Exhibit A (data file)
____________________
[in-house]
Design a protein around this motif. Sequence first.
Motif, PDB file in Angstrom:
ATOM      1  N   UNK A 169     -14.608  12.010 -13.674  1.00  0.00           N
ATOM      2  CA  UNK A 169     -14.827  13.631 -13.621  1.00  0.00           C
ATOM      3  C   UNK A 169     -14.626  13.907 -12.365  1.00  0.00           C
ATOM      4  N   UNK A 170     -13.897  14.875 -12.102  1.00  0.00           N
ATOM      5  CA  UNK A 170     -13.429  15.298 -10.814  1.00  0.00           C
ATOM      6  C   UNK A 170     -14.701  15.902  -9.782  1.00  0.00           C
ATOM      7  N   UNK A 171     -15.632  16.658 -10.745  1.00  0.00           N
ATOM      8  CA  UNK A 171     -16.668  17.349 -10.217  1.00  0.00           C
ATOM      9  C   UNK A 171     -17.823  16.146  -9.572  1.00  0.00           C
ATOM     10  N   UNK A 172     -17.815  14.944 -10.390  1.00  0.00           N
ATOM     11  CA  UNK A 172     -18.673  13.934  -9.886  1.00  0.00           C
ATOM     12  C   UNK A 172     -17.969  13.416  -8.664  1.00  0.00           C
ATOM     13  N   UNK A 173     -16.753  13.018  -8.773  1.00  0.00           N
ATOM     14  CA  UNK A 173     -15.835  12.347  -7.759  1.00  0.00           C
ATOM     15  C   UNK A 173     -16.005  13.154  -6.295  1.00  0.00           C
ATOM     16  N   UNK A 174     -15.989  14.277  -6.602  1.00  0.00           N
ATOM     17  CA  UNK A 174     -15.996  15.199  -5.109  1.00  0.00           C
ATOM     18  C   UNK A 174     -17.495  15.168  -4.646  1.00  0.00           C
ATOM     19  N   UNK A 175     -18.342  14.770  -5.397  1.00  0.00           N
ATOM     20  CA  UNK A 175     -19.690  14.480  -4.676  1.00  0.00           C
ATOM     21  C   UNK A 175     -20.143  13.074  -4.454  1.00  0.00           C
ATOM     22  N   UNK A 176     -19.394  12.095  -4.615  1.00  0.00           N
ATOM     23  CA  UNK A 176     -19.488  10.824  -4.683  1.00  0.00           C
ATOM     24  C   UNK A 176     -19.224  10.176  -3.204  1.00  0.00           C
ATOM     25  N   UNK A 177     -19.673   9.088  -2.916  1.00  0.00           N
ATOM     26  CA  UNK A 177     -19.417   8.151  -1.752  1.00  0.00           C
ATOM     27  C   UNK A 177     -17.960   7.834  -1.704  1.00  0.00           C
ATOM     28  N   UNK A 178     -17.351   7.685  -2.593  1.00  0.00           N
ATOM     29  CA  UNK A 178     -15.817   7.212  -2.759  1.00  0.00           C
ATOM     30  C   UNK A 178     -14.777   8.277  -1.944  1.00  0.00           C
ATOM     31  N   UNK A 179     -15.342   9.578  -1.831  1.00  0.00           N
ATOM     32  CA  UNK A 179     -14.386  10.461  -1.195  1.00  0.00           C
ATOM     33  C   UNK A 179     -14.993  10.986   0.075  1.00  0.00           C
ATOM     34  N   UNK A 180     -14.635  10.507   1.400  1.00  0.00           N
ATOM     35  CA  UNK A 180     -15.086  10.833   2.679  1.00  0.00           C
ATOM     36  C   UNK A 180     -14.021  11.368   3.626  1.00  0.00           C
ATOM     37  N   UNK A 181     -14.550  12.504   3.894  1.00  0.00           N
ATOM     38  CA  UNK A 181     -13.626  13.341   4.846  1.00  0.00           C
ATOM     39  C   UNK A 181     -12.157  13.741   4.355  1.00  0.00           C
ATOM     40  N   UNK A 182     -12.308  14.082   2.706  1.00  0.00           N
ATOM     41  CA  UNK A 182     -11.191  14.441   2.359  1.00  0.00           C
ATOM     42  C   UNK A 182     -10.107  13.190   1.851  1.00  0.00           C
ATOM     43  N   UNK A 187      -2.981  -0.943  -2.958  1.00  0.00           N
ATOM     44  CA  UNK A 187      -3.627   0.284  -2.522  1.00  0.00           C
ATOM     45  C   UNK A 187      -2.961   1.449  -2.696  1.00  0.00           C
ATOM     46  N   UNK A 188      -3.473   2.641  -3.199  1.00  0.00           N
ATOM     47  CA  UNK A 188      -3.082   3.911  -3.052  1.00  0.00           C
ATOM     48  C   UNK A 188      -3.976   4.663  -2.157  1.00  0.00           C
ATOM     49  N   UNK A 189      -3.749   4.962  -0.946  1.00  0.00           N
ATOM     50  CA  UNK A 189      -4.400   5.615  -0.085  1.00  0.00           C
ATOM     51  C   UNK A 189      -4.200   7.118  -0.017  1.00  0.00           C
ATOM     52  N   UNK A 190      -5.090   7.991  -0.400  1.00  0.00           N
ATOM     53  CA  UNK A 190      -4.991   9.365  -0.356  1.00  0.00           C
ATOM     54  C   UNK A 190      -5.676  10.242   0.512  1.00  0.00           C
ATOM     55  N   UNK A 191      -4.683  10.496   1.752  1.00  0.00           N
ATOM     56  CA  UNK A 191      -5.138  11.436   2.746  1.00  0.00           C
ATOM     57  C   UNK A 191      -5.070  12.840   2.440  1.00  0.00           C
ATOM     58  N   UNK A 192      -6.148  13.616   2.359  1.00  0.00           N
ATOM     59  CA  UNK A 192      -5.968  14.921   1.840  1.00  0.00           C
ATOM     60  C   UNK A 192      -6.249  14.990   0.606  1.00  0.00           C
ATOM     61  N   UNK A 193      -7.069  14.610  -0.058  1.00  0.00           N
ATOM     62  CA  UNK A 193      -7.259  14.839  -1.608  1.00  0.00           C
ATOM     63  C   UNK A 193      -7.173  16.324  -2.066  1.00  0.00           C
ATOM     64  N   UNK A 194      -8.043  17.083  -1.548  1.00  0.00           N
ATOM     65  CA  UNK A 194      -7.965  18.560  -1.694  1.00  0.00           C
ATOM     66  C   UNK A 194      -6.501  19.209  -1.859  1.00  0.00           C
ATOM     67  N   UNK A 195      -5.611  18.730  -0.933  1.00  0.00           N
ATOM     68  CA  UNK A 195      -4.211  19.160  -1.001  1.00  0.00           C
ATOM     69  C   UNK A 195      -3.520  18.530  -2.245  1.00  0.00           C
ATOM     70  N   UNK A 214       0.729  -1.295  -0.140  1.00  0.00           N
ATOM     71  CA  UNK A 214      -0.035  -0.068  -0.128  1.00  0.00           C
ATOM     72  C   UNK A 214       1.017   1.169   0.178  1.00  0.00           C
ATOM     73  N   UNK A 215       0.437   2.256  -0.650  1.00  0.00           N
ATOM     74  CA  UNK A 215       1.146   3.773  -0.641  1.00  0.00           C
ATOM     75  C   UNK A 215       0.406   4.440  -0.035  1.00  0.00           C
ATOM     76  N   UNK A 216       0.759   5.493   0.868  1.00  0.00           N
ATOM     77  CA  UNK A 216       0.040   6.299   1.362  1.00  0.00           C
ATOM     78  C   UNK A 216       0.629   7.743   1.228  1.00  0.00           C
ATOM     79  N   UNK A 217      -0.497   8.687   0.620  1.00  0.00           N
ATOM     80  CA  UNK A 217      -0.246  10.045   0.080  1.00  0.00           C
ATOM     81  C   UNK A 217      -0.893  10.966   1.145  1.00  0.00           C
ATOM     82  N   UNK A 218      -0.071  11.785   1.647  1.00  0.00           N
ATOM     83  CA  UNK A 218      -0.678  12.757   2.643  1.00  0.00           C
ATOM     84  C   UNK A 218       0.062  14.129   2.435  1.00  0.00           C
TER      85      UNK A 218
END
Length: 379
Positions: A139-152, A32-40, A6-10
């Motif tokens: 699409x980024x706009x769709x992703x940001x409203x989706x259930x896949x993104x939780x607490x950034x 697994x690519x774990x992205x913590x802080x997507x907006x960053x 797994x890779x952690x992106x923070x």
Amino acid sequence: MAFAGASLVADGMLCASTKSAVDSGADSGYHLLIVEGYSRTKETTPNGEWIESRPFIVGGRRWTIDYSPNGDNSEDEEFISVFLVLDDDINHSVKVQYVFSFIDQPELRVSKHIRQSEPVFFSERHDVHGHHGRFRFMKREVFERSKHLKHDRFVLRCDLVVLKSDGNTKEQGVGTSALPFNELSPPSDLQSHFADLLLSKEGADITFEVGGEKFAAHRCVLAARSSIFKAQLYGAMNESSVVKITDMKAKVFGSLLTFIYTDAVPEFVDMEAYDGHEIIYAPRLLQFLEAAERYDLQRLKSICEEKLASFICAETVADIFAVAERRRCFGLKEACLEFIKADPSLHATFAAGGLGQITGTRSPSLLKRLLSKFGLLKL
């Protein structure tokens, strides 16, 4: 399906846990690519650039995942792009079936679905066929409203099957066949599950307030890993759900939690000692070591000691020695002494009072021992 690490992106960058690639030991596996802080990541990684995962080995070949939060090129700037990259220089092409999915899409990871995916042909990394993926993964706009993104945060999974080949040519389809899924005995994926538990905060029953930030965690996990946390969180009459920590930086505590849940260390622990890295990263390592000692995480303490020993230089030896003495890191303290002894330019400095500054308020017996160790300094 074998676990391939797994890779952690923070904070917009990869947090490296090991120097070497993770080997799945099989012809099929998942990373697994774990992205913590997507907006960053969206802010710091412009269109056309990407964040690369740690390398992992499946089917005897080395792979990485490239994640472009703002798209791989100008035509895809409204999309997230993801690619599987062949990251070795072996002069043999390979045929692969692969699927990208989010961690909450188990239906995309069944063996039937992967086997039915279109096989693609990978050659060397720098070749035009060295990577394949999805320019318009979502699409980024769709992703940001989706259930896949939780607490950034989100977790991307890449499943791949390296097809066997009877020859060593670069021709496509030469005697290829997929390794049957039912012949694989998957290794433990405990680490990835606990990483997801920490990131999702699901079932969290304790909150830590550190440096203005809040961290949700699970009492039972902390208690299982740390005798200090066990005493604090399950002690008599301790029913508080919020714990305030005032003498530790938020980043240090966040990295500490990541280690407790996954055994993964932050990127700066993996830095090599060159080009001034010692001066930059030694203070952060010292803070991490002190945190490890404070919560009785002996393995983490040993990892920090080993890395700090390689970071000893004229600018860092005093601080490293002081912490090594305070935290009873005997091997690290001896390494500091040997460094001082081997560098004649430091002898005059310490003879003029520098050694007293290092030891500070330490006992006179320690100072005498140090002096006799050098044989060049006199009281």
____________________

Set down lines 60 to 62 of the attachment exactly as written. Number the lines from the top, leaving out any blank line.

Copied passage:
ATOM     57  C   UNK A 191      -5.070  12.840   2.440  1.00  0.00           C
ATOM     58  N   UNK A 192      -6.148  13.616   2.359  1.00  0.00           N
ATOM     59  CA  UNK A 192      -5.968  14.921   1.840  1.00  0.00           C